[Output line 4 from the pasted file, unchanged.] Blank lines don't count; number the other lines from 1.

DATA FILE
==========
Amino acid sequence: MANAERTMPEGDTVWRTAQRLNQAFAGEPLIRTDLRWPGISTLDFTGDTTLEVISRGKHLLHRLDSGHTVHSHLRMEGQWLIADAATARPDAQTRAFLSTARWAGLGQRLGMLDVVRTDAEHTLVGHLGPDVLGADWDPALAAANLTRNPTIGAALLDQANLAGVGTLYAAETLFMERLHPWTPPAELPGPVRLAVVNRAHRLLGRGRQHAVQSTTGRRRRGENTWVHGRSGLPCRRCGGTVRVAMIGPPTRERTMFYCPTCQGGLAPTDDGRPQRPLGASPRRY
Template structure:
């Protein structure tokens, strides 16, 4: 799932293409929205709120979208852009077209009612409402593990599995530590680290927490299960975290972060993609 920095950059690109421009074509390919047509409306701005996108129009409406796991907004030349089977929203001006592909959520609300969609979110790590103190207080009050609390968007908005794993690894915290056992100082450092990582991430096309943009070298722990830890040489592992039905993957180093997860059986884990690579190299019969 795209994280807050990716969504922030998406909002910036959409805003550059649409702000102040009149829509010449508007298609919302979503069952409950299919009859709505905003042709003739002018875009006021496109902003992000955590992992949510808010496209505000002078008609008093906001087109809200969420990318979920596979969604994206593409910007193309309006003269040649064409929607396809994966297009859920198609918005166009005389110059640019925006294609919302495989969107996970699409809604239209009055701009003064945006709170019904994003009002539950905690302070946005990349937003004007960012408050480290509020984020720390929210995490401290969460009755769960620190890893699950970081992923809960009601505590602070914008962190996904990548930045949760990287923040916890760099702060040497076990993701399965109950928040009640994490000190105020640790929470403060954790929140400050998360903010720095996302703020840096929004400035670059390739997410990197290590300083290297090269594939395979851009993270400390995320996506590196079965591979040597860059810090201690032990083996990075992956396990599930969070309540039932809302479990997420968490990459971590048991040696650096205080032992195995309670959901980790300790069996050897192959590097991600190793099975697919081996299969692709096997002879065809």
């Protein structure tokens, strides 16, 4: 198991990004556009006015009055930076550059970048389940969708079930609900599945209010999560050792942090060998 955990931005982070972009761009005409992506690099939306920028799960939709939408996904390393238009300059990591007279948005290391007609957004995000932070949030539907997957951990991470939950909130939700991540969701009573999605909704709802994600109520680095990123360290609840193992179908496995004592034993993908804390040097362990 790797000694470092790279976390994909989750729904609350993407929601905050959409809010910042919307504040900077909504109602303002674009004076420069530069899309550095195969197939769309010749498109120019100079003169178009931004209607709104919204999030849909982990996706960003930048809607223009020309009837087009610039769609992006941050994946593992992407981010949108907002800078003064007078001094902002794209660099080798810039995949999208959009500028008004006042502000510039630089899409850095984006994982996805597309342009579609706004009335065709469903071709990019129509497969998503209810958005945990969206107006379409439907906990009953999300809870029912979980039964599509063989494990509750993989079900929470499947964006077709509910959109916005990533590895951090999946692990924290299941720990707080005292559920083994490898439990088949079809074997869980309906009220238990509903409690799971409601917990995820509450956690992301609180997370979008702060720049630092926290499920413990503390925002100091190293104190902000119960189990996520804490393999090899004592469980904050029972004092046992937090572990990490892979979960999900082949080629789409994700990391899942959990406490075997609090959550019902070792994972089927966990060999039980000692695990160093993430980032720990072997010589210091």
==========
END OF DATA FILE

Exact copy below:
């Protein structure tokens, strides 16, 4: 198991990004556009006015009055930076550059970048389940969708079930609900599945209010999560050792942090060998 955990931005982070972009761009005409992506690099939306920028799960939709939408996904390393238009300059990591007279948005290391007609957004995000932070949030539907997957951990991470939950909130939700991540969701009573999605909704709802994600109520680095990123360290609840193992179908496995004592034993993908804390040097362990 790797000694470092790279976390994909989750729904609350993407929601905050959409809010910042919307504040900077909504109602303002674009004076420069530069899309550095195969197939769309010749498109120019100079003169178009931004209607709104919204999030849909982990996706960003930048809607223009020309009837087009610039769609992006941050994946593992992407981010949108907002800078003064007078001094902002794209660099080798810039995949999208959009500028008004006042502000510039630089899409850095984006994982996805597309342009579609706004009335065709469903071709990019129509497969998503209810958005945990969206107006379409439907906990009953999300809870029912979980039964599509063989494990509750993989079900929470499947964006077709509910959109916005990533590895951090999946692990924290299941720990707080005292559920083994490898439990088949079809074997869980309906009220238990509903409690799971409601917990995820509450956690992301609180997370979008702060720049630092926290499920413990503390925002100091190293104190902000119960189990996520804490393999090899004592469980904050029972004092046992937090572990990490892979979960999900082949080629789409994700990391899942959990406490075997609090959550019902070792994972089927966990060999039980000692695990160093993430980032720990072997010589210091």